If your are interest in knowing more about SSE and other business trends, keep it up with Stone Soup Facebook page.

Max approaches life as a journey and Athens is a beautiful traveling destination. Read more about his recent life.

Max B. is from Germany, he studied industrial design and worked with his father as a Sound designer for the film industry in Berlin. Living his whole life in Berlin he felt the urge to travel and live somewhere else.

He has been traveling with a small Volkswagen van in Europe so he has experienced the nomad life. A year ago he decided to build a home in a more spacious van and travel further away. Initially he thought of traveling to Asia or India but when Max arrived at his first stop in Athens, he found it hard to continue his journey. Although the intention was to visit for only a few months, thanks to the people, nature, food and music he decided to extend his stay.

“Greece is the type of country in Europe where it feels good being here; let’s say that people are more ‘Mediterranean’. The approach is more open and things are more easy going around here.”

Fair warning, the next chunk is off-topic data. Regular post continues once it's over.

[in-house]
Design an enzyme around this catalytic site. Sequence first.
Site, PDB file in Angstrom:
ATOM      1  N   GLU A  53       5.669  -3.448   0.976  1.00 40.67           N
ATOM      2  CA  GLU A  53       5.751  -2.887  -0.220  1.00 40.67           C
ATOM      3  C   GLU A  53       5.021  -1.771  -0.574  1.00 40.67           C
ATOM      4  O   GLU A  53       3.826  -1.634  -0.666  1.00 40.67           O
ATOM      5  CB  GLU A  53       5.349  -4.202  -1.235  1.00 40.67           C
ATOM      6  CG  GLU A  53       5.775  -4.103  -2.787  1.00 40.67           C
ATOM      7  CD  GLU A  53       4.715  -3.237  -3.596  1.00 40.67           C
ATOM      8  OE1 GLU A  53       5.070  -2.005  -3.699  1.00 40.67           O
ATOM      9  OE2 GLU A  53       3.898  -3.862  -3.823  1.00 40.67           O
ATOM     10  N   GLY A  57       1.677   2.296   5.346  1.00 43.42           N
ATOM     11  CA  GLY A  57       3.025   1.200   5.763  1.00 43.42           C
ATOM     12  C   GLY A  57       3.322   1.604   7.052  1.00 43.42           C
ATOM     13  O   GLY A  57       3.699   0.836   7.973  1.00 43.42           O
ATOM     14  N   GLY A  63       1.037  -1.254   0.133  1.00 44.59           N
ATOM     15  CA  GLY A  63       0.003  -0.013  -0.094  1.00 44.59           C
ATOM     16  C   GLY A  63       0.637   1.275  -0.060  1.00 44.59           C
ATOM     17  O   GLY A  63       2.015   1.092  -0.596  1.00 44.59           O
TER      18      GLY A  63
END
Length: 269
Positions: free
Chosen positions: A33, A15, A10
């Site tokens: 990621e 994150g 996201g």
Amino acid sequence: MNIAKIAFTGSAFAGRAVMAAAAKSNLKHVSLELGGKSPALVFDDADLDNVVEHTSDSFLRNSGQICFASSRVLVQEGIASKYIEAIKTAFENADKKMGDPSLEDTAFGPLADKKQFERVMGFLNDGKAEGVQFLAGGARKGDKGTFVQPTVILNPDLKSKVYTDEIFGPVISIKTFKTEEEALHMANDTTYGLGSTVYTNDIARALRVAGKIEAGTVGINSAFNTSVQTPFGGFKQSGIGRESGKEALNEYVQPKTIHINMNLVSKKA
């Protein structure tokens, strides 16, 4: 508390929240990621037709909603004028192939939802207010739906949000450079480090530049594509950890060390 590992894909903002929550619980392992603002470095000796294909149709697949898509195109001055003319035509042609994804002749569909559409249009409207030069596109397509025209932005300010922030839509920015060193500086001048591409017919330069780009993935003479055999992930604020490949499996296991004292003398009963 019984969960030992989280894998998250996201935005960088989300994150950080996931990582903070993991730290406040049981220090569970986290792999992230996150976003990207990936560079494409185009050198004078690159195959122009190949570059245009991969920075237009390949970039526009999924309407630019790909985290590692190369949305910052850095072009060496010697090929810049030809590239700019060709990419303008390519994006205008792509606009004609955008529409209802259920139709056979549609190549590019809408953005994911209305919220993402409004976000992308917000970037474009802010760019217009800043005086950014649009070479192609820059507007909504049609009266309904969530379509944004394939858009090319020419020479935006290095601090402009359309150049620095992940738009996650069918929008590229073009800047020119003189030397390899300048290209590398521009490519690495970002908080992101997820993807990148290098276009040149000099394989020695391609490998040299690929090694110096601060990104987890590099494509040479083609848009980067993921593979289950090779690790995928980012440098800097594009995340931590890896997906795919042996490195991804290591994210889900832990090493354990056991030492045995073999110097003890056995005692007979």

It’s the first time for Max working from a coworking space. “Is nice to talk to all this different kind of people. I work with a computer and I am focus on the screen all the time, so is good to have someone that you can have a dialog from time to time and cook together.”

Greece as the first stop of his inner journey

Max’s bachelor thesis was about Modern Nomads. He says that the concept of the term fits his lifestyle though he prefers not to call himself a nomad as his journey is more spiritual. “The work I’m doing is a mean to make my living. My actual focus is on observing my inner processes. Giving room to allow and understand fears, asking myself, what’s love, why we pursue pleasure and thus get a deeper understanding of the Me and the general suffering of mankind.

“In the last year it became very obvious, that I cannot continue working, more or less just for the sake of earning money and not seeing anyhow my contribution to improve the general wellbeing of people and the world in that we live in. Greece seems like a good starting point to walk on new paths.”